The IP address at which you access a NetScaler or a NetScaler virtual appliance formanagement purposes. A physical NetScaler or virtual appliance can have only one NSIP.You must specify this IP address when you configure the virtual appliance for the firsttime. You cannot remove an NSIP address.

    Netmask:

    The subnet mask associated with the NSIP address.

    Default Gateway:

    You must add a default gateway on the virtual appliance if you want access it throughSSH or the configuration utility from an administrative workstation or laptop that is on adifferent network.

    To configure the initial settings on the virtualappliance through the virtual appliance Console byusing the management application

    1. Connect to the XenServer or VMware ESX server on which the virtual appliance isinstalled by using XenCenter or vSphere client, respectively.

    2. In the details pane, on the Console tab, log on to the virtual appliance by using theadministrator credentials.

    3. At the prompts, enter the NSIP address, subnet mask, and default gateway, and thensave the configuration.

    After you have set up an initial configuration through the NetScaler virtual applianceConsole in the management application, you can use either the NetScaler command-line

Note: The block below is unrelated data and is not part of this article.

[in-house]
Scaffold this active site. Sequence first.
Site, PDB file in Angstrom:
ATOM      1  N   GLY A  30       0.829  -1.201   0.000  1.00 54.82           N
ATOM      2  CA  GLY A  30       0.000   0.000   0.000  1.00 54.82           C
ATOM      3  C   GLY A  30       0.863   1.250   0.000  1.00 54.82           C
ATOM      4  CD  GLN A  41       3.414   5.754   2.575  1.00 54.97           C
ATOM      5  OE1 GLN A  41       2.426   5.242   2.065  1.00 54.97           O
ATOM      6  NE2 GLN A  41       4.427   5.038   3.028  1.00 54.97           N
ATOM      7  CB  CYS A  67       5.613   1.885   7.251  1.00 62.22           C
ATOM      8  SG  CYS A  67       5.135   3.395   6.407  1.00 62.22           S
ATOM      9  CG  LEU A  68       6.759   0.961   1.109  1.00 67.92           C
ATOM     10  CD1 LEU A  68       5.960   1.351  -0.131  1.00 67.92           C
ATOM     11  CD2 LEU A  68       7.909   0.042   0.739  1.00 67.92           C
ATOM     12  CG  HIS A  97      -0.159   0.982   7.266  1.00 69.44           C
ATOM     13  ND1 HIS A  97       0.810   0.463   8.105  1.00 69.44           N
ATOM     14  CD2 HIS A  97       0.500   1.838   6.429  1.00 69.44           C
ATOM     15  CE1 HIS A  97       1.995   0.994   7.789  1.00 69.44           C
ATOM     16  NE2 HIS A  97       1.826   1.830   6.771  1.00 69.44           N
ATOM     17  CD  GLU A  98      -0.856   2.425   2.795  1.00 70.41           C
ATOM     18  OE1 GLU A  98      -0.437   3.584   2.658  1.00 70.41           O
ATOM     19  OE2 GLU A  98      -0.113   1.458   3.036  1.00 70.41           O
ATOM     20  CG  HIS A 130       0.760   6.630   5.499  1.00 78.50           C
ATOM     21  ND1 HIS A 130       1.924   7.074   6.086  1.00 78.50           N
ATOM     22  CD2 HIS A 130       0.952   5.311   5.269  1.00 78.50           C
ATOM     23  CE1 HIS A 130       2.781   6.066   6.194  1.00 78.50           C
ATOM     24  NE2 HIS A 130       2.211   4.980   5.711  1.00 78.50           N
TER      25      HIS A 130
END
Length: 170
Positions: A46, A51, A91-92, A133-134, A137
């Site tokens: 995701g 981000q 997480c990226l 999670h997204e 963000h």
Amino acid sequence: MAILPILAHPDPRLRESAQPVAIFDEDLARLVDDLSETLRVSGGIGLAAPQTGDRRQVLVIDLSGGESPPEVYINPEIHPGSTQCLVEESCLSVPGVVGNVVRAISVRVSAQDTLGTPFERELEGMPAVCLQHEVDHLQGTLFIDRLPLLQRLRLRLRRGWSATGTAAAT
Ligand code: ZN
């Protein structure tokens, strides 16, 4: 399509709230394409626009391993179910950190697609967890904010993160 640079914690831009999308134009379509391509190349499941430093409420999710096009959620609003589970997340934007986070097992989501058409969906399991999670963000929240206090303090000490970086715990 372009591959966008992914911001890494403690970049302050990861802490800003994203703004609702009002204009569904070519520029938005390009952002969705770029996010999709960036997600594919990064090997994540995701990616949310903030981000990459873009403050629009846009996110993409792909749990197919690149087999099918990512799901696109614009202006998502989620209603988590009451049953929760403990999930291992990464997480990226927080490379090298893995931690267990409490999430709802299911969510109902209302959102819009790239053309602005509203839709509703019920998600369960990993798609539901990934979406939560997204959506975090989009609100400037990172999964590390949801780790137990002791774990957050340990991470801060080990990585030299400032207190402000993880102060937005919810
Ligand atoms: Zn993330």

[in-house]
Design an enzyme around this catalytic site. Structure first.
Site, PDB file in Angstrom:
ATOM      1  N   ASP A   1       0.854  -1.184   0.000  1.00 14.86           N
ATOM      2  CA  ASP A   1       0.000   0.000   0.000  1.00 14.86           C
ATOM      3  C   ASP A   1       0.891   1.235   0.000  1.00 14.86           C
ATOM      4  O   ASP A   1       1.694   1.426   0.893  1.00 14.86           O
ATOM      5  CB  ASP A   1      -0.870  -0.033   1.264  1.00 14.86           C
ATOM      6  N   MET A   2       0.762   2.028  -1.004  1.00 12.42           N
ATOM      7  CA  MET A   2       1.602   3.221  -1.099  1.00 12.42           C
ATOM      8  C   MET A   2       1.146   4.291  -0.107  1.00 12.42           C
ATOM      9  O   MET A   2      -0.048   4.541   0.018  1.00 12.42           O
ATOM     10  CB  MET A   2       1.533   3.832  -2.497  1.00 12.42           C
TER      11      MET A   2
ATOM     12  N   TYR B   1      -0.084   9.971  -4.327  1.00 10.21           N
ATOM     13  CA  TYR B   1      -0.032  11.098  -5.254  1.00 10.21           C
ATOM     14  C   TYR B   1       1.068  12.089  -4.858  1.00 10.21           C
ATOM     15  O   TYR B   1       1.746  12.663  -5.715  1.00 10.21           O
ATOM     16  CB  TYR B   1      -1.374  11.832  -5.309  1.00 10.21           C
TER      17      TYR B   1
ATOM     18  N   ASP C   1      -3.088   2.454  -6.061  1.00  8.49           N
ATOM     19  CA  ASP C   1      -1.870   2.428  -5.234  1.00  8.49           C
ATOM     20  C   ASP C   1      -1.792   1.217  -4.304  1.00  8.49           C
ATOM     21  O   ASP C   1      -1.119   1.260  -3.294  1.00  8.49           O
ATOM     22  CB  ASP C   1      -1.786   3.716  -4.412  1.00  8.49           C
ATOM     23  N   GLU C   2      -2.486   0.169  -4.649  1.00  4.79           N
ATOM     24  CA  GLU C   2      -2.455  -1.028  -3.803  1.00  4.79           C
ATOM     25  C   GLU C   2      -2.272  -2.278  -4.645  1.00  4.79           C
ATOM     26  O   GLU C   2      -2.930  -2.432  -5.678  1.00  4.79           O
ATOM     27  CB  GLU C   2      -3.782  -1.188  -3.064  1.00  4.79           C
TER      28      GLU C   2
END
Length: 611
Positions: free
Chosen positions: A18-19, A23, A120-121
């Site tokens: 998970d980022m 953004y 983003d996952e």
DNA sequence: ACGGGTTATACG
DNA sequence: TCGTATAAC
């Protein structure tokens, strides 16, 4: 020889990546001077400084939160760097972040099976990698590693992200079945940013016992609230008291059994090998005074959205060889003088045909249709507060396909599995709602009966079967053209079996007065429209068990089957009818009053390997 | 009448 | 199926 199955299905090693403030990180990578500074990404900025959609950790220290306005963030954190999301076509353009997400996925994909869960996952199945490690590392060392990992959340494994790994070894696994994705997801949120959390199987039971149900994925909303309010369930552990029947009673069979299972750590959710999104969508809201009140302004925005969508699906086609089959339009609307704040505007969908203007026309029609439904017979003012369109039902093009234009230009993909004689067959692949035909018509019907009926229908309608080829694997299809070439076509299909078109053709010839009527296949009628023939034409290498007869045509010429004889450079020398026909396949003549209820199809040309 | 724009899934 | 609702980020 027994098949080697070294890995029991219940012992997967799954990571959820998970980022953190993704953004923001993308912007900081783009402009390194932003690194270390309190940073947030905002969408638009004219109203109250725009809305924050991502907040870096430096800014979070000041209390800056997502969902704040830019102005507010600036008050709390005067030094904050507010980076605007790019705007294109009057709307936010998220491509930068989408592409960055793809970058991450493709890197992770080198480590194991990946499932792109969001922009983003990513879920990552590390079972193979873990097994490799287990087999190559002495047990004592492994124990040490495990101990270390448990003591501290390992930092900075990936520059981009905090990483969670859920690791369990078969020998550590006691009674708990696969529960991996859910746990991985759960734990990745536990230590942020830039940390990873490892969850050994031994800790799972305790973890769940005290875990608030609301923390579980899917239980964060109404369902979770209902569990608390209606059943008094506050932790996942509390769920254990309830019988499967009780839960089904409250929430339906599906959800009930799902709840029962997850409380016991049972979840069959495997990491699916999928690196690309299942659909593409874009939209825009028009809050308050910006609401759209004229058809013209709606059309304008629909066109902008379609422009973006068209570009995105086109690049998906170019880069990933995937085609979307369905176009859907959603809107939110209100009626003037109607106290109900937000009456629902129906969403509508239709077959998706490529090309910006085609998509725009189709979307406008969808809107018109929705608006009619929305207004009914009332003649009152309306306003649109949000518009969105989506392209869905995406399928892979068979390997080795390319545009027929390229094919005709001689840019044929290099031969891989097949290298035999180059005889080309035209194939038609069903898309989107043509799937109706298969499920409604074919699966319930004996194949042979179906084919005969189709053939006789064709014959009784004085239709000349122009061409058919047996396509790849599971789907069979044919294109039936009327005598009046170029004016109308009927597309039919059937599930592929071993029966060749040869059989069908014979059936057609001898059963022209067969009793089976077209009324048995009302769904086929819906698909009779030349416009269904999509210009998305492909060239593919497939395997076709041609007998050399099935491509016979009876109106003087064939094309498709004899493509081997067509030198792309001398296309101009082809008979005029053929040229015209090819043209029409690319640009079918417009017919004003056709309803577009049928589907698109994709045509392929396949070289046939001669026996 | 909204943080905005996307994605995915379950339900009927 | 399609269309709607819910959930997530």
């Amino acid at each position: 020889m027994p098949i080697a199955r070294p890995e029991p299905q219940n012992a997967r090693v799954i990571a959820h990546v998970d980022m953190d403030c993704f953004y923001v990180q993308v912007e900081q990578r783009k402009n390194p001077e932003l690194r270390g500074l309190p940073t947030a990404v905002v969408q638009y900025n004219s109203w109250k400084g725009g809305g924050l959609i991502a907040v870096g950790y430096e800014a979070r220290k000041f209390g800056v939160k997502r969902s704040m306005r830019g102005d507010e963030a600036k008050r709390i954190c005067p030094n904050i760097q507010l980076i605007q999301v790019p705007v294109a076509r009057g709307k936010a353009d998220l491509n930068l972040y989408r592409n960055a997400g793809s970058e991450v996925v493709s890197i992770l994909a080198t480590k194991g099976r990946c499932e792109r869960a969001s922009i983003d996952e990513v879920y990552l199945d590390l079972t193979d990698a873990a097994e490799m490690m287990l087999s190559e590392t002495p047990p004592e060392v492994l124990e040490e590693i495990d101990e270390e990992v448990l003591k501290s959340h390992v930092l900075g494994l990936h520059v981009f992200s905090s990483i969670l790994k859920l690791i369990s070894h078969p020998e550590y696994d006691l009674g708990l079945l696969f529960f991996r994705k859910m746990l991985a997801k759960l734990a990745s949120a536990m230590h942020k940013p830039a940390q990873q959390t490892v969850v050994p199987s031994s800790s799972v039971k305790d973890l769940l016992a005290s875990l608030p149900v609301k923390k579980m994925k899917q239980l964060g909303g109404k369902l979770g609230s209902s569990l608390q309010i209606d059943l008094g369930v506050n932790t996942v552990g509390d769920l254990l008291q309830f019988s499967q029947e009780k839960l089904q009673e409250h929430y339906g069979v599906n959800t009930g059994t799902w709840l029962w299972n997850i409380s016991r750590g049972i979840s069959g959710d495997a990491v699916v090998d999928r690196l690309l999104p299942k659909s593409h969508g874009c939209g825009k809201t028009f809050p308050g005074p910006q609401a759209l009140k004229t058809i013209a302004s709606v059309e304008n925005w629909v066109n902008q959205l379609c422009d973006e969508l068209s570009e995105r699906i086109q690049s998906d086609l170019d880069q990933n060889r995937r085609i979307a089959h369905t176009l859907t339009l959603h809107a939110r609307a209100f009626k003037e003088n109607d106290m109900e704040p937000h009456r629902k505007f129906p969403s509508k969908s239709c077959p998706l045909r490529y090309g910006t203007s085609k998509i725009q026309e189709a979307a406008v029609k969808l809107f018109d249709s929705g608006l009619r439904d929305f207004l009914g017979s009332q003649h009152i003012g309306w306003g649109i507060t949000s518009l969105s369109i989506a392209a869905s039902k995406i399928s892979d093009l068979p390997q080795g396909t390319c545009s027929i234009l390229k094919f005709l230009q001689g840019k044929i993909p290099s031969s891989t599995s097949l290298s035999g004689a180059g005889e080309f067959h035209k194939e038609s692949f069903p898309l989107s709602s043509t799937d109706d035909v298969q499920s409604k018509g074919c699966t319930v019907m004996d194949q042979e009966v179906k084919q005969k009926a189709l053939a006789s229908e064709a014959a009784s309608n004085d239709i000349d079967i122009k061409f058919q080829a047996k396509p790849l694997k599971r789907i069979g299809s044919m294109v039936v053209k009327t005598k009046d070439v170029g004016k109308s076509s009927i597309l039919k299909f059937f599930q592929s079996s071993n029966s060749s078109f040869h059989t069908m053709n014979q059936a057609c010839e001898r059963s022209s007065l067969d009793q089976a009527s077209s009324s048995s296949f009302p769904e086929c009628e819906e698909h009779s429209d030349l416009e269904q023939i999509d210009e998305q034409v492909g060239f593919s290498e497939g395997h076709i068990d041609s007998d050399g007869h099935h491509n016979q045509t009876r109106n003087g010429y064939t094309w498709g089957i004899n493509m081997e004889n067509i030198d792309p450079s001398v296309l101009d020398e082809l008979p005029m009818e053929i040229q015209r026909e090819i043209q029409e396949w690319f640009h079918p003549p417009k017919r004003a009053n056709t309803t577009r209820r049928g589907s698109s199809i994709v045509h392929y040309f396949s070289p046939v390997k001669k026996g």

http://support.citrix.com/proddocs/topic/netscaler/cc-gen-commmand-center-wrapper-con.html

  • interface or the configuration utility to complete the configuration or to change the initialsettings.

    Setting Up the Initial Configuration by Using the NetScaler Virtual Appliance Console

    54

  • 55

    Configuring NetScaler Virtual Applianceby Using the Command Line Interface

    You can use the command line interface to set up the NSIP, Mapped IP (MIP), Subnet IP(SNIP), and hostname. You can also configure advanced network settings and change thetime zone.

    For information about MIP, SNIP, other NetScaler-owned IP addresses, and network settings,see "Configuring NetScaler-Owned IP Addresses."

    To complete initial configuration by using thecommand line interface